“Never going to hear this song on the radio,” Ray Lamontagne sings at the close of his new album.
If that sounds like a complaint, in context it reads more like a boast. Lamontagne has seemingly fashioned his sixth album, Ouroboros, as a work of private exploration, a vehicle for divining the inner life far more than a product designed to glad-hand its way up the pop charts.
In that sense, Ouroboros greatly extends the path Lamontagne set out on his last work, 2014’s Supernova. Both works favor sounds that implicate rather than state, making full use of fuzz-toned guitars, hazy production and blurry vocal cascades. Likewise, both albums pair the singer with strong-minded producers who double as stars. Supernova matched Lamontagne with The Black Keys’ Dan Auerbach. Ouroboros features production from My Morning Jacket’s Jim James. Other members of MMJ also play on the new album and will join Lamontagne for his spring/summer tour.
While the two albums share a love of psychedelia, they delve into very different sides of its spectrum. Supernova found the husky-throated singer California Dreamin’ his way back to the summery sounds of the Byrds and Buffalo Springfield. The new album takes him to the dark side—specifically to the Dark Side of the Moon. Ouroboros is both a heavier and a headier work than Supernova, replete with Pink Floyd-style sound effects; Nick Mason-like, mid-paced drumming; and David Gilmore-esque blues guitar reveries. One song, “In My Own Way,” even sounds a bit like Floyd’s Dark Side’s lolling “Us & Them.”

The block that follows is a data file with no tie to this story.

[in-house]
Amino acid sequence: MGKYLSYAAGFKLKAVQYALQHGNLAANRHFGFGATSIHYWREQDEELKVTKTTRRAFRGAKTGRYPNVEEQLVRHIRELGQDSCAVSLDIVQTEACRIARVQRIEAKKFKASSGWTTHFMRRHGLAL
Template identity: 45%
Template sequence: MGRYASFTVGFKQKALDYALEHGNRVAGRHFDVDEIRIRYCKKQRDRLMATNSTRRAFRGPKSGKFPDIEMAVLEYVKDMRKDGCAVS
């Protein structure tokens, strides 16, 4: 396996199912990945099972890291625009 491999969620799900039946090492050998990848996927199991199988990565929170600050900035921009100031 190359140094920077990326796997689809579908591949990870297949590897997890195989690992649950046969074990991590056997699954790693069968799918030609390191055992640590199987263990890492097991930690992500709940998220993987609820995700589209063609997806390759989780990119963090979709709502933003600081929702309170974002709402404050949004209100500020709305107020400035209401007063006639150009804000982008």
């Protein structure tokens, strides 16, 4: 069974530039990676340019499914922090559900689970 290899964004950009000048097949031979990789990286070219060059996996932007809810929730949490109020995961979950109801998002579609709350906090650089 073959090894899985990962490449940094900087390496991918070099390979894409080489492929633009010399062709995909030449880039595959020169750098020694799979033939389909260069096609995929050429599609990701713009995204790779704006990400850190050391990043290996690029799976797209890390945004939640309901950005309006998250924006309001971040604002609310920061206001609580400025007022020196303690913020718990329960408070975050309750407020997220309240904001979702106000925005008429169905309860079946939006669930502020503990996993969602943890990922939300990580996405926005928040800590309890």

To boldface the album’s connection to the art-rock wing of psychedelia, Lamontagne broke it into “Part I” and “Part II.” In the process, the work apes the flip-over flow of ancient vinyl.
The result has some consequences. The floating melodies and drenched production take away much of the texture from Lamontagne’s voice—one of its most riveting qualities. Though Lamontagne owns one of the greatest soul shouts of the modern era, he has always been stingy with it. This time, he seems more hellbent on downplaying it than ever.
On the other hand, that very evasiveness has always made Lamontagne a fascinating figure. His music has never been obvious or outgoing, preferring to keep the pace slow, the vocals whispered and the focus monk-like. Together, this has made Lamontange one of the most quietly intense singer/songwriters of our time. Unfortunately, parts of Ouroboros seem less “quietly intense” than self-indulgently rote. As if to satirize the problem, the album title refers to a mythical serpent that devours its own tail.
Ouroboros does have periods of greater animation—two, in fact. “Hey, No Pressure” resurrects Auerbach’s love of fuzz-toned blues rock, via a hot psychedelic freakout. “The Changing Man” locks two guitars in an exciting coil, with Lamontagne’s lead building to a mad, sawing climax.
The album didn’t necessarily need more such outbursts. But it should have made some of its softer sections seem less arbitrary. If all of its parts can’t stand up to scrutiny, however, there’s conviction in the whole, enough to take Lamontagne one step deeper into the mystic.